The rabbits we picked up are amazing. These may not last as long as I thought, but we’ll see. I braised one in red wine with carrots, leeks, garlic and a strip of bacon to keep it moist. 325 degrees for 2 hours. It was amazing. Thanks again for supplying a truly great product! It really shows when something is raised healthfully and with care.             and then this…..

We grilled one of your rabbits on Sunday. Have to say, it was the best quality rabbit meat we have ever had! Rubbed it down with olive oil, garlic, fresh orange zest, and some fresh thyme, oregano, sage and tarragon from our garden and then smoked it lightly with olive wood. Turned out incredible! Juicy, tender and flavorful. Thank you for the love and care you obviously show your rabbits and all of you animals. The quality of the meat is testament to your efforts.”

We do specialize in raising AMAZING turkeys too! We’re signing up the last of our small group of pastured, beautiful turkeys. They are $3/lb and we require a $20 deposit to hold a bird for you. You’ll come to the farm and pick up your beautiful turkey on the day it was harvested. Once you’ve had a fresh LTD Farm turkey, raised on pasture, with love and respect, fattened on organic grains and humanely harvested on the farm where it is not stressed…..well, you’ll never be able to eat a different kind of turkey. Start a new thanksgiving tradition we welcome you and your family’s involvement with the harvesting days! building a deeper respect for the bird your holiday dinner will center around. Email us to sign up; farmers (at) We harvest our turkeys here on the farm, the weekend before Thanksgiving. They keep perfectly in a cooler with ice until you are ready to roast!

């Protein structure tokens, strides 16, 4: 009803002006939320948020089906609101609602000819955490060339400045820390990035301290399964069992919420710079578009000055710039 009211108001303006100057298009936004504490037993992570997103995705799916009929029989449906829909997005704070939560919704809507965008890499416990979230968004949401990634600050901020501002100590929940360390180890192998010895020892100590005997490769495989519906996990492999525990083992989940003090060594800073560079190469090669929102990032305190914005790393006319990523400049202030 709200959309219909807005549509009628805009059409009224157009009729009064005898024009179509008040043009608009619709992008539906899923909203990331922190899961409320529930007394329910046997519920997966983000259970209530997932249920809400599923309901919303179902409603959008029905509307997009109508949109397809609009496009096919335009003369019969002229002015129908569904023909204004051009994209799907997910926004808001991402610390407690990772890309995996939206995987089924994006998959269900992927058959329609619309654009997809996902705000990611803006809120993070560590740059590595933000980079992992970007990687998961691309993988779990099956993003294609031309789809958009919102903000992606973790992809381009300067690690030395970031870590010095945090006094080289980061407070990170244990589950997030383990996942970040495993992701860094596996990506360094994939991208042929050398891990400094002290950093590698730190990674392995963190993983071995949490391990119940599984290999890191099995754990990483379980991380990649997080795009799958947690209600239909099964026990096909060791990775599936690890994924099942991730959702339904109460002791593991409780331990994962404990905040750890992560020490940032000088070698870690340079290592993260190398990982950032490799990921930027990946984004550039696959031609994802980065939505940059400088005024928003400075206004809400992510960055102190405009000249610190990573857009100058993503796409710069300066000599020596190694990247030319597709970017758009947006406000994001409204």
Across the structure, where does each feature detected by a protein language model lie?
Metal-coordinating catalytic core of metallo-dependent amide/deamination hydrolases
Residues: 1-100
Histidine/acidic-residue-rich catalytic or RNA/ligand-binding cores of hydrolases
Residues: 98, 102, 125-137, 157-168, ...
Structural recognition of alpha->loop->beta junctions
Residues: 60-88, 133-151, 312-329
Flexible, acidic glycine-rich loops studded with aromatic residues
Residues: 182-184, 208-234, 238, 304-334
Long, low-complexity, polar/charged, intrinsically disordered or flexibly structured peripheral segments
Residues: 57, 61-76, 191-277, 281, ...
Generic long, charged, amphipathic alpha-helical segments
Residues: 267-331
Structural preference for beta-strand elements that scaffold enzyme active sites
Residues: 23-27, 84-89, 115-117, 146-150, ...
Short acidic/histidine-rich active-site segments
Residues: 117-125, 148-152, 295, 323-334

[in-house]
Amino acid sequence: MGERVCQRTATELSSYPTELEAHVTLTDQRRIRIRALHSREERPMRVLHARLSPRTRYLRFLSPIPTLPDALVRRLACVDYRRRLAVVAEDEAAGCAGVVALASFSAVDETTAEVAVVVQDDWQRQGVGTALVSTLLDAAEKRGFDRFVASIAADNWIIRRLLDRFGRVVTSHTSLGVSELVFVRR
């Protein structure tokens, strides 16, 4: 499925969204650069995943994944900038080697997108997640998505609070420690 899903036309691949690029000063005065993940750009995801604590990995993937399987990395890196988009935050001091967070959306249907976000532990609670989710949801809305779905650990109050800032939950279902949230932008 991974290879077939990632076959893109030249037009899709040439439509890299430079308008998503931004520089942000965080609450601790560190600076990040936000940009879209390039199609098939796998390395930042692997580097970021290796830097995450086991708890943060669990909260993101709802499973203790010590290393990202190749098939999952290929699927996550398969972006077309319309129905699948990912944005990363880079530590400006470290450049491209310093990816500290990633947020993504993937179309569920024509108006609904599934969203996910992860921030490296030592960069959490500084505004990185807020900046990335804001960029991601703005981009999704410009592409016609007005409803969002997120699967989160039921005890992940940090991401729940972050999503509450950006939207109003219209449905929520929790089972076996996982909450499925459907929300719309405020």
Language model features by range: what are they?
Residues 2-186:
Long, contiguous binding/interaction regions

How do you like to prepare your turkey? Ever year we always do the same thing, and that’s because it ALWAYS works: Low and Slow and Long. You will have the most succulent results, never ever  a dried out turkey!  You’ll have an easy time arranging the tender, juicy meat in piles ready to snarf down. It’s essential with this method, to keep the turkey covered. An enamel coated canning pot works great for really big birds! Breast side down, rub with salt and pepper, maybe throw some herbs under the wings and some chopped onions and garlic in the cavity. Throw the neck and giblets in to roast as well. Cover with lid or tightly with tin foil. Put in 350 oven for 1.5 hours then reduce heat to 250 and roast slowly for 3-5 more hours, depending on how large your bird is. Keep covered, when it starts smelling unbearably delicious, pull it out of the oven, check to see that the turkey is done (usually it is falling off the bone tender!), recover and continue on your other meal prep. The turkey will stay hot, covered for at least 2 hours.  Wait until you are ready to serve to take it out!